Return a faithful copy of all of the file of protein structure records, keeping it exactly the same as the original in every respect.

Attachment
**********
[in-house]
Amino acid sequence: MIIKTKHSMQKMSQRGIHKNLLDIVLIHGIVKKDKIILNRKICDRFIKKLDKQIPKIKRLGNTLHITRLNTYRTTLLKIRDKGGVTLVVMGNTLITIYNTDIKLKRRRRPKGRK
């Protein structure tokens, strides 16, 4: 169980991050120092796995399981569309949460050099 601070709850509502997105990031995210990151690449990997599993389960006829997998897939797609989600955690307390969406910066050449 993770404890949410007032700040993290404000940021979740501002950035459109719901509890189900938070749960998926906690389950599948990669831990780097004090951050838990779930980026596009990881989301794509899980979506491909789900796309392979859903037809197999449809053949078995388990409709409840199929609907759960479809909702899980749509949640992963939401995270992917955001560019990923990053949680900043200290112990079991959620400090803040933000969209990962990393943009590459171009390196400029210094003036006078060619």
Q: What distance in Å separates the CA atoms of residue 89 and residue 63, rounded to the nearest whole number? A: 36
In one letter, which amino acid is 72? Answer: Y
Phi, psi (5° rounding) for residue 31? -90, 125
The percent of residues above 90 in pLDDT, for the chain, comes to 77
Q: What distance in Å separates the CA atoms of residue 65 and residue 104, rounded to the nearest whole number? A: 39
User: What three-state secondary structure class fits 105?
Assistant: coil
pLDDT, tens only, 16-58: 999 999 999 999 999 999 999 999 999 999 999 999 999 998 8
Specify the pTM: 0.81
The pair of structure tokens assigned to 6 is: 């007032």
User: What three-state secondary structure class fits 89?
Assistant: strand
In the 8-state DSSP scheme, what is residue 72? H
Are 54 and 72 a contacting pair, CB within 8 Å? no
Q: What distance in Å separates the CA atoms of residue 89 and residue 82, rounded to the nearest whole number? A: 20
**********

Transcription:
[in-house]
Amino acid sequence: MIIKTKHSMQKMSQRGIHKNLLDIVLIHGIVKKDKIILNRKICDRFIKKLDKQIPKIKRLGNTLHITRLNTYRTTLLKIRDKGGVTLVVMGNTLITIYNTDIKLKRRRRPKGRK
């Protein structure tokens, strides 16, 4: 169980991050120092796995399981569309949460050099 601070709850509502997105990031995210990151690449990997599993389960006829997998897939797609989600955690307390969406910066050449 993770404890949410007032700040993290404000940021979740501002950035459109719901509890189900938070749960998926906690389950599948990669831990780097004090951050838990779930980026596009990881989301794509899980979506491909789900796309392979859903037809197999449809053949078995388990409709409840199929609907759960479809909702899980749509949640992963939401995270992917955001560019990923990053949680900043200290112990079991959620400090803040933000969209990962990393943009590459171009390196400029210094003036006078060619």
Q: What distance in Å separates the CA atoms of residue 89 and residue 63, rounded to the nearest whole number? A: 36
In one letter, which amino acid is 72? Answer: Y
Phi, psi (5° rounding) for residue 31? -90, 125
The percent of residues above 90 in pLDDT, for the chain, comes to 77
Q: What distance in Å separates the CA atoms of residue 65 and residue 104, rounded to the nearest whole number? A: 39
User: What three-state secondary structure class fits 105?
Assistant: coil
pLDDT, tens only, 16-58: 999 999 999 999 999 999 999 999 999 999 999 999 999 998 8
Specify the pTM: 0.81
The pair of structure tokens assigned to 6 is: 């007032």
User: What three-state secondary structure class fits 89?
Assistant: strand
In the 8-state DSSP scheme, what is residue 72? H
Are 54 and 72 a contacting pair, CB within 8 Å? no
Q: What distance in Å separates the CA atoms of residue 89 and residue 82, rounded to the nearest whole number? A: 20